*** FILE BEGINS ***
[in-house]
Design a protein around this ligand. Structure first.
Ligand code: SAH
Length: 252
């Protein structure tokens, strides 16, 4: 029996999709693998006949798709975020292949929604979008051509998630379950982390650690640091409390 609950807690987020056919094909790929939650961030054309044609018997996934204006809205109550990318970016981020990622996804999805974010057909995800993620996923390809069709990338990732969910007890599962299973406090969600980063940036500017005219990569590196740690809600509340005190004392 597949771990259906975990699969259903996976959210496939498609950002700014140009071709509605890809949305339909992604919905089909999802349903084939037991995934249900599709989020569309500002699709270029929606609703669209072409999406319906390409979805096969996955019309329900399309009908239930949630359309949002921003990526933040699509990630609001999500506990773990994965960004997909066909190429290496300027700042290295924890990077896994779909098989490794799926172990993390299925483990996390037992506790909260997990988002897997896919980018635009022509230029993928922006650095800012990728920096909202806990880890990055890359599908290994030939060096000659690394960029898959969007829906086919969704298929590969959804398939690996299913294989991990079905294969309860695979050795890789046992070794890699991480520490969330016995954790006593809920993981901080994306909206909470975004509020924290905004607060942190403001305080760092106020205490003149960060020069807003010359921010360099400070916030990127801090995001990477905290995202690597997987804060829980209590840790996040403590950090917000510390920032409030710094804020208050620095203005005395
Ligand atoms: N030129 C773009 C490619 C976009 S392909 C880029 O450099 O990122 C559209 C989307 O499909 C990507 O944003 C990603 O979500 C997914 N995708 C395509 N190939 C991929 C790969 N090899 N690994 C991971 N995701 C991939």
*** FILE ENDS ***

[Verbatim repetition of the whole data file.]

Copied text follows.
[in-house]
Design a protein around this ligand. Structure first.
Ligand code: SAH
Length: 252
């Protein structure tokens, strides 16, 4: 029996999709693998006949798709975020292949929604979008051509998630379950982390650690640091409390 609950807690987020056919094909790929939650961030054309044609018997996934204006809205109550990318970016981020990622996804999805974010057909995800993620996923390809069709990338990732969910007890599962299973406090969600980063940036500017005219990569590196740690809600509340005190004392 597949771990259906975990699969259903996976959210496939498609950002700014140009071709509605890809949305339909992604919905089909999802349903084939037991995934249900599709989020569309500002699709270029929606609703669209072409999406319906390409979805096969996955019309329900399309009908239930949630359309949002921003990526933040699509990630609001999500506990773990994965960004997909066909190429290496300027700042290295924890990077896994779909098989490794799926172990993390299925483990996390037992506790909260997990988002897997896919980018635009022509230029993928922006650095800012990728920096909202806990880890990055890359599908290994030939060096000659690394960029898959969007829906086919969704298929590969959804398939690996299913294989991990079905294969309860695979050795890789046992070794890699991480520490969330016995954790006593809920993981901080994306909206909470975004509020924290905004607060942190403001305080760092106020205490003149960060020069807003010359921010360099400070916030990127801090995001990477905290995202690597997987804060829980209590840790996040403590950090917000510390920032409030710094804020208050620095203005005395
Ligand atoms: N030129 C773009 C490619 C976009 S392909 C880029 O450099 O990122 C559209 C989307 O499909 C990507 O944003 C990603 O979500 C997914 N995708 C395509 N190939 C991929 C790969 N090899 N690994 C991971 N995701 C991939």